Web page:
You’ve Retired. What Happens Now With Your Finances?

According to the National Center for Health Statistics, the average life expectancy for an American today is 78½. However, many people may live 20 to 30 years past what is considered the typical retirement age of 65. The challenge is how to arrange your financial resources so you will have adequate income throughout those retirement years.

The median income of the retired population is around $18,700 for those ages 65 and older. In 2010, Social Security, on average, accounted for 40% of their income. Pensions and annuities accounted for 20%, income from assets accounted for 12% and income from earnings accounted for 27%.

According to the Social Security Administration, the average monthly benefit for retired workers was only $1,230 per month at the beginning of 2012. Could you retire on this?

A survey by the Employee Benefit Research Institute (EBRI) revealed that the percentage of workers saying that they have saved for retirement decreased from 75% in 2009 to 65% in 2012. Only 42% of the respondents said they have tried to calculate how much money they need for retirement, and 16% of workers were not confident of having enough money for retirement.

When will you retire?
While retirement typically occurs around age 65, reaching that age does not necessarily signal a complete end to employment. Many retirees continue to participate in the workforce for financial and nonfinancial reasons.

You should evaluate your current financial resources to determine if you will have adequate income during your retirement years. If the projected retirement income is not adequate, additional income needs to be allocated to save for retirement years. You need to understand the importance of saving for the future and beginning this as early in life as possible. If job changes occur, you should preserve your retirement accounts as you move from job to job.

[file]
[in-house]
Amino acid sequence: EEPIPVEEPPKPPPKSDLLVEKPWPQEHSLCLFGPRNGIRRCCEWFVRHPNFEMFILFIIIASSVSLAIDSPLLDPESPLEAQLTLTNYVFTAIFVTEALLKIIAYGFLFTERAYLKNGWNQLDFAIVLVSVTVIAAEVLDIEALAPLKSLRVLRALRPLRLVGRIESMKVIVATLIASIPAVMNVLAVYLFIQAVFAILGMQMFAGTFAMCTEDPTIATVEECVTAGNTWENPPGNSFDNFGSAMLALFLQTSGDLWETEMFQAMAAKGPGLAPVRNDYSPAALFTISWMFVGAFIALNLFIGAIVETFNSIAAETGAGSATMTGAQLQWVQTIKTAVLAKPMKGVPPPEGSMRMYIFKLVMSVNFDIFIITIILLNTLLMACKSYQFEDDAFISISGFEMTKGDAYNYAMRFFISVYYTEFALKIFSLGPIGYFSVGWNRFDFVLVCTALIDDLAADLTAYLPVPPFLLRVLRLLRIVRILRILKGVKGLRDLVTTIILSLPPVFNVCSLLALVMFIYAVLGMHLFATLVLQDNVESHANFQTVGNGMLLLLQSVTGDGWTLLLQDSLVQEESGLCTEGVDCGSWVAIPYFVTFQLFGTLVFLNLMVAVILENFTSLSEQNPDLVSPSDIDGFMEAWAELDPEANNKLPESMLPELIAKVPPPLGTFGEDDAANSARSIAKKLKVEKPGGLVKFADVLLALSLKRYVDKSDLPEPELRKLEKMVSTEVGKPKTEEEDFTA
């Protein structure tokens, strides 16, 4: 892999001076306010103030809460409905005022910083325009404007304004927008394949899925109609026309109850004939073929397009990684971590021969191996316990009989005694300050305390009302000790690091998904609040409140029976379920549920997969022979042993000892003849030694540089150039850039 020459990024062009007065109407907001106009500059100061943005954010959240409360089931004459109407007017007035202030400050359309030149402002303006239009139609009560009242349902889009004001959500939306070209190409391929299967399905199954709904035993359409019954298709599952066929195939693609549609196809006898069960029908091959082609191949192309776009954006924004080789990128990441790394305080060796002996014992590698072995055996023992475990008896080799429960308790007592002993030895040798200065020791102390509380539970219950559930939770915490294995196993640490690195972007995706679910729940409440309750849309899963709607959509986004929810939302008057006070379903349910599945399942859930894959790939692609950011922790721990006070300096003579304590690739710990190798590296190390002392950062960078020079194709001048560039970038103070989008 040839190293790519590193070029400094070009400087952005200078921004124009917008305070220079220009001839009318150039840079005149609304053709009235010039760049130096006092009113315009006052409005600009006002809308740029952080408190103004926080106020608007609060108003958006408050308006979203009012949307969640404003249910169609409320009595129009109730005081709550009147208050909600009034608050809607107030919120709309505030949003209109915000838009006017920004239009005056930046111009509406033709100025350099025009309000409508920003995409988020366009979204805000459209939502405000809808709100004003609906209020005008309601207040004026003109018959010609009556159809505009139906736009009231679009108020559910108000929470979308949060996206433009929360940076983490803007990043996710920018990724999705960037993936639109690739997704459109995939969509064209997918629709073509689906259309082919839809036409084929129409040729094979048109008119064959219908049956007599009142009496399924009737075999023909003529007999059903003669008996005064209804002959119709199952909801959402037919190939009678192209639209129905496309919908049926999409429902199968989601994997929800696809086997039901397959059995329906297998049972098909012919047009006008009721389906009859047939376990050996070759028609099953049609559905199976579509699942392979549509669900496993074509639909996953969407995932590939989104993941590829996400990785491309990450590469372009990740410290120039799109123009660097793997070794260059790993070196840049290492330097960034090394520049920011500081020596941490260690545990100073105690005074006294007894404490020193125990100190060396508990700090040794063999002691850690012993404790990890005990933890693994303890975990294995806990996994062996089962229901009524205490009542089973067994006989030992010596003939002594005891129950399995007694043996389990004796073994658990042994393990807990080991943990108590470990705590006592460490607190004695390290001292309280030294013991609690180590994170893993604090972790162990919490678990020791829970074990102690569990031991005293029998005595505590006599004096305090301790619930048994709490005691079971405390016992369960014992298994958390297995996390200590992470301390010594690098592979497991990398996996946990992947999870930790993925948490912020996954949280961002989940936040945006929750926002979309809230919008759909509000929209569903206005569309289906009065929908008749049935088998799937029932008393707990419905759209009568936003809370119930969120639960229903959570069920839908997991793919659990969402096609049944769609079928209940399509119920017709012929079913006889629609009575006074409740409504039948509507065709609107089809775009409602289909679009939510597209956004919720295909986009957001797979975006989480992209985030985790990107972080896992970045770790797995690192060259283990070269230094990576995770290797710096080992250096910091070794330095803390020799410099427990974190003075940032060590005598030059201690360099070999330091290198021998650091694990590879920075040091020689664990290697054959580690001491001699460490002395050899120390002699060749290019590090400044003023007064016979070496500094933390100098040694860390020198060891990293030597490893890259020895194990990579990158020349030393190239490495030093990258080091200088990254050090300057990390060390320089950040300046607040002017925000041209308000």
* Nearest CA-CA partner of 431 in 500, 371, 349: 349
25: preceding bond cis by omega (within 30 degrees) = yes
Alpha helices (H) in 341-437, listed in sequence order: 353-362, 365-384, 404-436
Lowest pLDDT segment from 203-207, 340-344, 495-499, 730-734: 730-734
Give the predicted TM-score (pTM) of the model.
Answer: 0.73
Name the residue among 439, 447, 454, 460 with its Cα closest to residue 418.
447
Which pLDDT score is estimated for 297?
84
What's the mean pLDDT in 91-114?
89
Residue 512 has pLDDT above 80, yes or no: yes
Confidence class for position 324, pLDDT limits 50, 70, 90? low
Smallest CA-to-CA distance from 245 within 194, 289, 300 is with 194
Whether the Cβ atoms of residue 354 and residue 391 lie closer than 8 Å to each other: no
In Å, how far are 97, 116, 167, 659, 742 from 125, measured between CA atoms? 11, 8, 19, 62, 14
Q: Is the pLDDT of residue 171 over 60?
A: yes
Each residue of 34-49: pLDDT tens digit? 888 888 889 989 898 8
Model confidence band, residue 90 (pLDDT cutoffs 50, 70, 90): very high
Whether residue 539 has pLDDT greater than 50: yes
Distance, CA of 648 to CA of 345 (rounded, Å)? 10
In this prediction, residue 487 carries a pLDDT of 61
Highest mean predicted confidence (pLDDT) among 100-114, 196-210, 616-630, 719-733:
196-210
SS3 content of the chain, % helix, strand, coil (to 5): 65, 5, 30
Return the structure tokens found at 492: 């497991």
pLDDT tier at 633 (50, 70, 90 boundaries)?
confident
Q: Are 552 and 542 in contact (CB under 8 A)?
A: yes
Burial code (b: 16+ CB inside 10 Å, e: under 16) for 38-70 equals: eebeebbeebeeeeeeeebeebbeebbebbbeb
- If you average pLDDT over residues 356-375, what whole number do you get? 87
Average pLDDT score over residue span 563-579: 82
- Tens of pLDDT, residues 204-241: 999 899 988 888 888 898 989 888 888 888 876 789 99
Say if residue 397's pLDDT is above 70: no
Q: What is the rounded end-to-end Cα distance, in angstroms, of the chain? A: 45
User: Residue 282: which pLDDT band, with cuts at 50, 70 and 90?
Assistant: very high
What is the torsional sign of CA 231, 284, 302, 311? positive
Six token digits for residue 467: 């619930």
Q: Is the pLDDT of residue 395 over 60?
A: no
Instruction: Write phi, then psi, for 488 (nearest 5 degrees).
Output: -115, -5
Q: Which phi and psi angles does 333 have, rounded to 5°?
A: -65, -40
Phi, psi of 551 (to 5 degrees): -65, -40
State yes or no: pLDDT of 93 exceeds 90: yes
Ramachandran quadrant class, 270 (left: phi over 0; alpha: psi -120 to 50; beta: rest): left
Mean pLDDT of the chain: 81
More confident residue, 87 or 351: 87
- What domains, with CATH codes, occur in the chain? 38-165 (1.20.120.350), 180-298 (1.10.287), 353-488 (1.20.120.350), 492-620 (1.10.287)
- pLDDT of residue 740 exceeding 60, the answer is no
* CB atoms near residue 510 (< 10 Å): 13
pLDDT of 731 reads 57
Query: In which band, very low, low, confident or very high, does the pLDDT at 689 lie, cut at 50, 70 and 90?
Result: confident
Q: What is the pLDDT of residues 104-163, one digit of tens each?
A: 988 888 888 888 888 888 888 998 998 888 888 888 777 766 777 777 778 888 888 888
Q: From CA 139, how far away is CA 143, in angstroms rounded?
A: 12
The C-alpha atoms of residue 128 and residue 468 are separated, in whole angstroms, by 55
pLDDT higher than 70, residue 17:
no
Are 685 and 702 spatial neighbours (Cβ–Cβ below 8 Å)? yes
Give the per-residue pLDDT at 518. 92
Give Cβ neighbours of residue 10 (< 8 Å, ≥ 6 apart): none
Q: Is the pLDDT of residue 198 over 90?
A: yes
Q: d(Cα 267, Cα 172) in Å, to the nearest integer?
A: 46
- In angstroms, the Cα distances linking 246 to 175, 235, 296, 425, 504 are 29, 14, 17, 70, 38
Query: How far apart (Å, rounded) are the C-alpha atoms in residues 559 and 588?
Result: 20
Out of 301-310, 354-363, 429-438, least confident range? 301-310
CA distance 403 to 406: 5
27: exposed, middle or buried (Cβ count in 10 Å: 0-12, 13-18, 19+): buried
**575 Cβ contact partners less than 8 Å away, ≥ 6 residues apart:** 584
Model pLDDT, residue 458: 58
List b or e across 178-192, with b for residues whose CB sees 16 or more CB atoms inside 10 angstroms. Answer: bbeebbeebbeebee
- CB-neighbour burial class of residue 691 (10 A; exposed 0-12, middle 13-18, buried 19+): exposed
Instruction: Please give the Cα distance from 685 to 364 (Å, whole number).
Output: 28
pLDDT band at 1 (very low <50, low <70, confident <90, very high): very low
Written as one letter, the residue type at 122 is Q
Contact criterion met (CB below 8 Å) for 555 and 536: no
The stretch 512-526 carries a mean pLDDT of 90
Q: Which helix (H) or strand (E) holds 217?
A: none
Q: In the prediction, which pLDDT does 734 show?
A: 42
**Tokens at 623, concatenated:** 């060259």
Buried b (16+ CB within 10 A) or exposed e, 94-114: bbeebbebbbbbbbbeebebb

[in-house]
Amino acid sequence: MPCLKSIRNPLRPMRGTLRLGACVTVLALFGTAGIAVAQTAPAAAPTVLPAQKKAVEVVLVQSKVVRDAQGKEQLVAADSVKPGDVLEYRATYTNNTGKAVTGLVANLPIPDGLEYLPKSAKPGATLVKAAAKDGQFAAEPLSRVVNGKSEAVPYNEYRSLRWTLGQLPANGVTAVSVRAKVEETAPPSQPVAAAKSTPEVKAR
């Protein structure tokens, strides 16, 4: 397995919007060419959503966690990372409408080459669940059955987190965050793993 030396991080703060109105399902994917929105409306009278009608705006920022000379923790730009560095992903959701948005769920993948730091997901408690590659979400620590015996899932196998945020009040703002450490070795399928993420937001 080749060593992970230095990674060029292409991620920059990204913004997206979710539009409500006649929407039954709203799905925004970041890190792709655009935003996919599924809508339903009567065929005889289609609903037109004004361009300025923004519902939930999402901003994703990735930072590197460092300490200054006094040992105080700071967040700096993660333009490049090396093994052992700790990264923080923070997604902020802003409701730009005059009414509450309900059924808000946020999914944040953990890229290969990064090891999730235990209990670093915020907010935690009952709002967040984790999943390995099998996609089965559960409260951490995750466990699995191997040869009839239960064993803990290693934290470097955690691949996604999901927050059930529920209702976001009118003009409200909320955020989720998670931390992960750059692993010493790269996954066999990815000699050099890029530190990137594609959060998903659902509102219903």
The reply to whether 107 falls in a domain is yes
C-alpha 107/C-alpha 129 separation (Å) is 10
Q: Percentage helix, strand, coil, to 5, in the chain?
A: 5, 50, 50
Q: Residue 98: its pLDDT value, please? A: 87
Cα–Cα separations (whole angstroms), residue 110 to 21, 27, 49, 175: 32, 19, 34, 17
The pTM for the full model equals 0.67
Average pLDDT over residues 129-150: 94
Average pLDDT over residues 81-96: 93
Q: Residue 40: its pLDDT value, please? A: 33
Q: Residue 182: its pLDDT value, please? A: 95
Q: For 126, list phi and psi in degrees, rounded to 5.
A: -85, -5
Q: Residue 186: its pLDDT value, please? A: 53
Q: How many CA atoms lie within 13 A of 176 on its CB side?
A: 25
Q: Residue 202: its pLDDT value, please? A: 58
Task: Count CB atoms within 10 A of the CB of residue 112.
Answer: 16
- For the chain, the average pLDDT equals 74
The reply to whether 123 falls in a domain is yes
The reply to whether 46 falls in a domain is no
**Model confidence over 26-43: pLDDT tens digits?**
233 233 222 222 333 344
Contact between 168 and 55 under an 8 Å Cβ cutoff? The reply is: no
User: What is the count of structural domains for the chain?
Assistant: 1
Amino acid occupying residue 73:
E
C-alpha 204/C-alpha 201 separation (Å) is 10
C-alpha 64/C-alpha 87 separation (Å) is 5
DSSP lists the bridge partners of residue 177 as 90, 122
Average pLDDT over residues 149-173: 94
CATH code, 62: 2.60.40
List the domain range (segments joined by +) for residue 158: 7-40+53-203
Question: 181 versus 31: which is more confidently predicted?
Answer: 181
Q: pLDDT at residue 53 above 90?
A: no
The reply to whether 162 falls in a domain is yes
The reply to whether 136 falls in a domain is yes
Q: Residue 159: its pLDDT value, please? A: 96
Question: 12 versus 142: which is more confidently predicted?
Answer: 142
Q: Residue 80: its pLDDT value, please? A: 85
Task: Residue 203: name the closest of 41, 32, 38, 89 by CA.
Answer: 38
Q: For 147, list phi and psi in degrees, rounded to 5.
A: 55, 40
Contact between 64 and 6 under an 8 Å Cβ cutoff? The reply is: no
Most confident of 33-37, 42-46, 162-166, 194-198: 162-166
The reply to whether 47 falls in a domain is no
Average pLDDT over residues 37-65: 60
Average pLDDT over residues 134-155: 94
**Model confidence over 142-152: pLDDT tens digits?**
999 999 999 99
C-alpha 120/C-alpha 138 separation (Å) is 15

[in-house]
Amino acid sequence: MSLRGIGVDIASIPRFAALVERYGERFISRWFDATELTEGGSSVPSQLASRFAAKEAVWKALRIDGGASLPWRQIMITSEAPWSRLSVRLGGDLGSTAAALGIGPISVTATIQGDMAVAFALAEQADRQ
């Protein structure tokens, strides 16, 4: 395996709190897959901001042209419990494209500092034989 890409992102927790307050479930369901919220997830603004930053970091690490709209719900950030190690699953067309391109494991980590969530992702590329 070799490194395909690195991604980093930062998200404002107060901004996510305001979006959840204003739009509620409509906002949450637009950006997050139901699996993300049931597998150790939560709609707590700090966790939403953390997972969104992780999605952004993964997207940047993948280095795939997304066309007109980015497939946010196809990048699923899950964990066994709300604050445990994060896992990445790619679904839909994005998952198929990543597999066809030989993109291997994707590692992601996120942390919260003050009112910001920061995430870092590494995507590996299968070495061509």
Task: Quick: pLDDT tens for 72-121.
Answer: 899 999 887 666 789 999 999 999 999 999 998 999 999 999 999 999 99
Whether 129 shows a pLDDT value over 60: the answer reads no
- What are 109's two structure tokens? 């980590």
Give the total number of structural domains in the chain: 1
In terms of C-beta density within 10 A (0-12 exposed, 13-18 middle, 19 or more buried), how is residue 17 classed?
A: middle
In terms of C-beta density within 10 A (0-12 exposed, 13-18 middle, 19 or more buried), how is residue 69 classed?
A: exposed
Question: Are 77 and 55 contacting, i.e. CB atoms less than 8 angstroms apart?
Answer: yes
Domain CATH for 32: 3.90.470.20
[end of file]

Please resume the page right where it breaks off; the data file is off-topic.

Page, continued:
Because retirement planning is a multi-dimensional undertaking, you should review how to best distribute and preserve assets. Retirement planning does not end when you retire; retirement planning includes putting the plan in effect.

You will need to be aware of the options available to you that include:

  • Health-care resources such as Medicare supplements and Medicare Advantage
  • Life insurance for final expenses, income replacement, asset shortfalls, children with special needs, legacy planning and estate tax needs
  • Short term and long-term care options to ensure asset protection, choice of care and spousal survival health needs
  • Financial products such as lifetime income annuities to provide for income to and beyond normal life expectancy. You may live 30 or more years after you retire.

All of these issues need to be reviewed with your agent and/or advisor to insure you have the best advice and guidance for a secure retirement.

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